By Shurtz, Delon on January 9, 2019.
The wheels of justice are turning too slowly for the family and friends of a Piikani councillor who was killed in a highway collision last summer.
An obviously angry and frustrated man stood up in a Lethbridge courtroom and shouted “there should be a manhunt,” after Douglas Wilbur Bagnall failed to show up for his court hearing Tuesday.
It’s the second time Bagnall has failed to attend court. He had also been ordered to attend Dec. 11, but when he didn’t show up and only an agent for his lawyer appeared for him, the judge issued an arrest warrant. The warrant was held, however, to give the accused another chance to attend court, and the agent was told that if Bagnall didn’t show up for his next hearing, the warrant would be released.
But a different judge heard the matter Tuesday and didn’t release the warrant, even though the Crown expressed concern that, in addition to not showing up for court, Bagnall hadn’t followed bail conditions to report weekly to the Lethbridge Police Service.
“I understand that hasn’t happened,” Crown prosecutor Bruce Ainscough said.
Bagnall, 62, was released from custody in November, which immediately drew the ire of Riel Houle-Provost, the brother of Barnaby Provost, who was killed last June when his vehicle was struck by another vehicle on Highway 3.
Houle-Provost and his family erected a peace teepee on courthouse grounds following the bail hearing to support his brother and protest Bagnall’s release.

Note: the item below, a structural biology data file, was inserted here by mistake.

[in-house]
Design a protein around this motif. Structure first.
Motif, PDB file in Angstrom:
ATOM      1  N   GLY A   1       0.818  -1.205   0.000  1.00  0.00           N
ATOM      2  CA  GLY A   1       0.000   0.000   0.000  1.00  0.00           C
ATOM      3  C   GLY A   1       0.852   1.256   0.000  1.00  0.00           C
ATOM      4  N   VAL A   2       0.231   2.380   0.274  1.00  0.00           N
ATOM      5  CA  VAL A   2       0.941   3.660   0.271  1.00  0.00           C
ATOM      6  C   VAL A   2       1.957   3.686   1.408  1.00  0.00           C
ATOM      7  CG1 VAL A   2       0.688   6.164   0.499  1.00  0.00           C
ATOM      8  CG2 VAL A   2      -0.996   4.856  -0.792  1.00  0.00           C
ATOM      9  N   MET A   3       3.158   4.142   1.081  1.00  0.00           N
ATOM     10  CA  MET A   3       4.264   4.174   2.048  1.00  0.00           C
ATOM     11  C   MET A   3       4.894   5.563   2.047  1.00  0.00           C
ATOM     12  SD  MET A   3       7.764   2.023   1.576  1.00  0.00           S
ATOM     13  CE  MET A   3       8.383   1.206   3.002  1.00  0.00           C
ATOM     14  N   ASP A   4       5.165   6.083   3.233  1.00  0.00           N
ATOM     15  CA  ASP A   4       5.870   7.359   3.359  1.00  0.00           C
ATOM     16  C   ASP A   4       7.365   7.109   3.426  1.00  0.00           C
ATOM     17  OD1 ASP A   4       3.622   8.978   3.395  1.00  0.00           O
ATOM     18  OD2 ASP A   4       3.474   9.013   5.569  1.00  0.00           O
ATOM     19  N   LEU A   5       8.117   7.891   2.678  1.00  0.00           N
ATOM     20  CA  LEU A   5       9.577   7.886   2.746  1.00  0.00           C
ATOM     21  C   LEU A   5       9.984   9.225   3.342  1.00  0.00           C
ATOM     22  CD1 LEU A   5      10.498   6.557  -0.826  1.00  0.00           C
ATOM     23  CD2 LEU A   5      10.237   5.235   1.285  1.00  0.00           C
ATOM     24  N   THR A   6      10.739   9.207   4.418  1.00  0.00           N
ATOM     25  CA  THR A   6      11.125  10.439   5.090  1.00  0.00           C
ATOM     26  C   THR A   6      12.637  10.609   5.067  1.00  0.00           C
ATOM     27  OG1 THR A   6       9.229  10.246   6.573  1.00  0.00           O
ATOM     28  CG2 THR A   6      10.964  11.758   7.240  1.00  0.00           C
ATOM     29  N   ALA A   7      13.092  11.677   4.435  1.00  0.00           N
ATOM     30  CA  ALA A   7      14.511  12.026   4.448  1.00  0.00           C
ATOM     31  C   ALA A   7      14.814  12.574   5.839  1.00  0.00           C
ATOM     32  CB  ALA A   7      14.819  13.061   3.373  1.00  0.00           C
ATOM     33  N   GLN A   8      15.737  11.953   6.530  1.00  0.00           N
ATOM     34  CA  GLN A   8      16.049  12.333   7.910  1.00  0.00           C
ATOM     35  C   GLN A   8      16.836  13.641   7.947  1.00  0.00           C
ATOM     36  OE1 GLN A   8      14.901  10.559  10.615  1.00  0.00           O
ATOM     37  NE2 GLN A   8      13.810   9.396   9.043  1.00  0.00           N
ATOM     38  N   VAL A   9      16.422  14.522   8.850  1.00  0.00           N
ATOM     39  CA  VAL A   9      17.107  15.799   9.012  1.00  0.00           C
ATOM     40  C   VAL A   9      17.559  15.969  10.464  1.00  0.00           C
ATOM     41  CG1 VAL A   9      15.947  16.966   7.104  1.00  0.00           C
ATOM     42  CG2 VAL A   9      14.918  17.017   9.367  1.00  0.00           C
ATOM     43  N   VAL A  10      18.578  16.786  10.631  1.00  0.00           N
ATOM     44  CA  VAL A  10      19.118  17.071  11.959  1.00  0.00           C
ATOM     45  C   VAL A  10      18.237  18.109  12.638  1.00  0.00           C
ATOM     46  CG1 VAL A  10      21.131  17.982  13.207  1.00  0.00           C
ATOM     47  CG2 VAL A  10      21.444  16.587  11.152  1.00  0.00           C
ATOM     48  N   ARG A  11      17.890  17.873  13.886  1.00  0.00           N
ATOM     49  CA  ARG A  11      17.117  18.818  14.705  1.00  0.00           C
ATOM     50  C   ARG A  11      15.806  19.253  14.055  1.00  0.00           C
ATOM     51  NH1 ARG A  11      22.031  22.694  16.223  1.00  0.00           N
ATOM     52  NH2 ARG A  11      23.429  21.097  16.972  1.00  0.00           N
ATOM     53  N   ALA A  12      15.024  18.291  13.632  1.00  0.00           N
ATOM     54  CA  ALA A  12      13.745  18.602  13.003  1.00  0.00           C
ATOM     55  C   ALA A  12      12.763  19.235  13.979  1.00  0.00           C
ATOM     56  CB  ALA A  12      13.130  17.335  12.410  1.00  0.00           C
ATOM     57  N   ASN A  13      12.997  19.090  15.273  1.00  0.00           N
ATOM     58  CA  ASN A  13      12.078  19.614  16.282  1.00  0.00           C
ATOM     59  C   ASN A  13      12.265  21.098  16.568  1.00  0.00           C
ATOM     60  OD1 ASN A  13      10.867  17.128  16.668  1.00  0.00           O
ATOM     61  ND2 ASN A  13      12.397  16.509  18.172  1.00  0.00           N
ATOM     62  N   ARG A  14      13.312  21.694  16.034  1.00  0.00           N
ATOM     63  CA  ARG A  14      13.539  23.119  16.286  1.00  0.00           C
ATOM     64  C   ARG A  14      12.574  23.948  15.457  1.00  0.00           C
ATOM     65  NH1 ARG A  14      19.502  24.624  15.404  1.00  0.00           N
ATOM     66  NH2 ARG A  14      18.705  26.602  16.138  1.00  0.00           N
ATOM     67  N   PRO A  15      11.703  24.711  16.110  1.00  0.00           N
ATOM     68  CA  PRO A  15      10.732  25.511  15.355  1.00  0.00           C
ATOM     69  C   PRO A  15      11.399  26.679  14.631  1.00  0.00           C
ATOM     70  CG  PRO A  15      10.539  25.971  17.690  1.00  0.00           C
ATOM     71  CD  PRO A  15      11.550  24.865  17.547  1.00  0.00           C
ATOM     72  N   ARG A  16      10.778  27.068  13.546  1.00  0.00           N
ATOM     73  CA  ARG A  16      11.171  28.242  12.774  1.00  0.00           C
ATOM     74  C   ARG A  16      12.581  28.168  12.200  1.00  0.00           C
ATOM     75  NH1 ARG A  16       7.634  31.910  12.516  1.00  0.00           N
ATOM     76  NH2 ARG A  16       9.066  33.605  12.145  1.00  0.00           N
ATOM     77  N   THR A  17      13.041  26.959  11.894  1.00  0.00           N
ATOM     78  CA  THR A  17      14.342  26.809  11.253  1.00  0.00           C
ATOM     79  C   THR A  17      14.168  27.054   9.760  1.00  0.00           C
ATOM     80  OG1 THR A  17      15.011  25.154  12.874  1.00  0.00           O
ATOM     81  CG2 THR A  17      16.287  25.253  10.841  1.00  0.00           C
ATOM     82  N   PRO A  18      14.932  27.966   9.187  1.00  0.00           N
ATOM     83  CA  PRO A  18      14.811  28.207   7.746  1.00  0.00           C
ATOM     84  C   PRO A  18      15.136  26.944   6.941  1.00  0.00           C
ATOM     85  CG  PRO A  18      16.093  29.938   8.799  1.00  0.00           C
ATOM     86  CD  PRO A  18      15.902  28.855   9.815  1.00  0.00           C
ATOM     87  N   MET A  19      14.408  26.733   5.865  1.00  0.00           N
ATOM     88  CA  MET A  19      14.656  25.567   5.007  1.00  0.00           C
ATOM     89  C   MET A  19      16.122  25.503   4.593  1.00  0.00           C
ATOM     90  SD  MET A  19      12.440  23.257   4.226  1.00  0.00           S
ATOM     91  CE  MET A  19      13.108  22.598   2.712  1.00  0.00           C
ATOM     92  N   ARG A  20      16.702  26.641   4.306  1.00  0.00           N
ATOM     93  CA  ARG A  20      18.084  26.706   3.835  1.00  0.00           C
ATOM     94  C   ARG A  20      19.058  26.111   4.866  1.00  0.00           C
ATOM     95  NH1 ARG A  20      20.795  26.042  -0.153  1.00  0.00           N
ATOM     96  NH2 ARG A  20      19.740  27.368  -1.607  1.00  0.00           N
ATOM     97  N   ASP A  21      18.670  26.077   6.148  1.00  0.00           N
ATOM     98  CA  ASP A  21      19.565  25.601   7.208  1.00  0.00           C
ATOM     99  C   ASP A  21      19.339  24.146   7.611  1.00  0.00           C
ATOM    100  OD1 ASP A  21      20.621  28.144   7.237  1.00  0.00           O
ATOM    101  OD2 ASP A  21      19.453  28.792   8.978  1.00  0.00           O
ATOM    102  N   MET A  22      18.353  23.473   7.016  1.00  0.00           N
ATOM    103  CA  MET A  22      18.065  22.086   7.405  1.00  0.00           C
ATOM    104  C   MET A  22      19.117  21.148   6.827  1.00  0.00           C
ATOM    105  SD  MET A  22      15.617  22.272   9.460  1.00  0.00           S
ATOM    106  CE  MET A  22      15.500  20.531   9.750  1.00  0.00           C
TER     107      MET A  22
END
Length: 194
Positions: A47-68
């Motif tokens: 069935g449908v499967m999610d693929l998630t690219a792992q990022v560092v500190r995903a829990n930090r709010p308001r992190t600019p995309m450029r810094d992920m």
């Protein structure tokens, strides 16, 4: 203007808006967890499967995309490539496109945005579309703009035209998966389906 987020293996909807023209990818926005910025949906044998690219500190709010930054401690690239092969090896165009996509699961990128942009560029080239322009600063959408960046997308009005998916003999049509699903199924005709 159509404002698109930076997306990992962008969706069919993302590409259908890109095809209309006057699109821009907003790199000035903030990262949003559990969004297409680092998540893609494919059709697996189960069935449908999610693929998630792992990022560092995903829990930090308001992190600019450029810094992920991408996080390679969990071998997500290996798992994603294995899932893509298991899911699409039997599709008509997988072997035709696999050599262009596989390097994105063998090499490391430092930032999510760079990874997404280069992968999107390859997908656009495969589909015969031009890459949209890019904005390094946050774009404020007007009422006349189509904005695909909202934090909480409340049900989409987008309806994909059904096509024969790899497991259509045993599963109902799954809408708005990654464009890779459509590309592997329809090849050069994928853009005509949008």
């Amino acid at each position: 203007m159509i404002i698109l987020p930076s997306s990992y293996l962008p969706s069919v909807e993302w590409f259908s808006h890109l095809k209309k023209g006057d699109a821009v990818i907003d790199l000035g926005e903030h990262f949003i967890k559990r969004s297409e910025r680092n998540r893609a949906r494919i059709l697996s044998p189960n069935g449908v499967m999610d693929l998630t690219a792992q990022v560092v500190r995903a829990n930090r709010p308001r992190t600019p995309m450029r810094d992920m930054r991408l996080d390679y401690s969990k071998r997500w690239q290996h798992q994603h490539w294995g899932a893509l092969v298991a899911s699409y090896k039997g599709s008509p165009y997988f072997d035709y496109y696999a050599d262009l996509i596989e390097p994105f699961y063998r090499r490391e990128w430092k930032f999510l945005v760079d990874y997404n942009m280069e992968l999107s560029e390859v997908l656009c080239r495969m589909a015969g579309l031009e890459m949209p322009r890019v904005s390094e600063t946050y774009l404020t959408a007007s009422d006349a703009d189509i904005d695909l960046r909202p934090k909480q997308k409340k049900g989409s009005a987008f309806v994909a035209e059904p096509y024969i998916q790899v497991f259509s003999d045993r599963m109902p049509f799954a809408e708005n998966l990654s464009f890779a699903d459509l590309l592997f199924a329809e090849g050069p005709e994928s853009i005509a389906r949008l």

“They let him off on $300 bail, and my family and everybody else, we don’t know what to do or how to handle it,” Houle-Provost said the following day.
Bagnall is charged with impaired driving causing death and driving over the legal blood-alcohol limit causing death. Both charges are indictable – more serious than summary offences – and liable to imprisonment for life.
RCMP reported that on June 25 a vehicle was travelling east on the wrong side of Highway 3 near Coalhurst when it collided with a westbound vehicle driven by 42-year-old Provost, a councillor for the Piikani Nation. Provost’s 12-year-old daughter was also in the vehicle and sustained minor injuries.
Bagnall was arrested and charged Nov. 18, and on Nov. 27 he was released from custody with conditions that include he attend court when ordered and report to the police.
During Tuesday’s hearing Lethbridge lawyer Steven Osmond, who appeared as agent for Bagnall’s lawyer, said he had only been instructed to seek an adjournment to Feb. 5. Judge J. Maher, however, only adjourned the matter for one week.
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